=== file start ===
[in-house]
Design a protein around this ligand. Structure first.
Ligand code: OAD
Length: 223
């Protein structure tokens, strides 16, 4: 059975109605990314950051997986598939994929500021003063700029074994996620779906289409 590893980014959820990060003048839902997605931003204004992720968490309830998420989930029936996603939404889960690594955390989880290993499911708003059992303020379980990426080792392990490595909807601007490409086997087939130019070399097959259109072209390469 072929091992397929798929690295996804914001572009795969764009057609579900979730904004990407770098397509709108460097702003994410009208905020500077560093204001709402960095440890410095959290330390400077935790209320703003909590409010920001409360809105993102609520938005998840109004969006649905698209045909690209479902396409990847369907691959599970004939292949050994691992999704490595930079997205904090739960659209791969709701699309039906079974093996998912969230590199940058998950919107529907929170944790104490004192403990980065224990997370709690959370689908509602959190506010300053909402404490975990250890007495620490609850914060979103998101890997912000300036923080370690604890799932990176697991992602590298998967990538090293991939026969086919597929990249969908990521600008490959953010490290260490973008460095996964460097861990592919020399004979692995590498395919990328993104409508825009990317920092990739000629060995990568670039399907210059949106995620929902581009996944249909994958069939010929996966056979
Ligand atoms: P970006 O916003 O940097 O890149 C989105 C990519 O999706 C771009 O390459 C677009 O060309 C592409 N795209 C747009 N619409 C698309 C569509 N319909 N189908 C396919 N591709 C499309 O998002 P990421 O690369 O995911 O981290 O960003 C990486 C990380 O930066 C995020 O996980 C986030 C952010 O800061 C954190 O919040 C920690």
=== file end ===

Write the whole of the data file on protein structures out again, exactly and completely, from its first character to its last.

[in-house]
Design a protein around this ligand. Structure first.
Ligand code: OAD
Length: 223
């Protein structure tokens, strides 16, 4: 059975109605990314950051997986598939994929500021003063700029074994996620779906289409 590893980014959820990060003048839902997605931003204004992720968490309830998420989930029936996603939404889960690594955390989880290993499911708003059992303020379980990426080792392990490595909807601007490409086997087939130019070399097959259109072209390469 072929091992397929798929690295996804914001572009795969764009057609579900979730904004990407770098397509709108460097702003994410009208905020500077560093204001709402960095440890410095959290330390400077935790209320703003909590409010920001409360809105993102609520938005998840109004969006649905698209045909690209479902396409990847369907691959599970004939292949050994691992999704490595930079997205904090739960659209791969709701699309039906079974093996998912969230590199940058998950919107529907929170944790104490004192403990980065224990997370709690959370689908509602959190506010300053909402404490975990250890007495620490609850914060979103998101890997912000300036923080370690604890799932990176697991992602590298998967990538090293991939026969086919597929990249969908990521600008490959953010490290260490973008460095996964460097861990592919020399004979692995590498395919990328993104409508825009990317920092990739000629060995990568670039399907210059949106995620929902581009996944249909994958069939010929996966056979
Ligand atoms: P970006 O916003 O940097 O890149 C989105 C990519 O999706 C771009 O390459 C677009 O060309 C592409 N795209 C747009 N619409 C698309 C569509 N319909 N189908 C396919 N591709 C499309 O998002 P990421 O690369 O995911 O981290 O960003 C990486 C990380 O930066 C995020 O996980 C986030 C952010 O800061 C954190 O919040 C920690």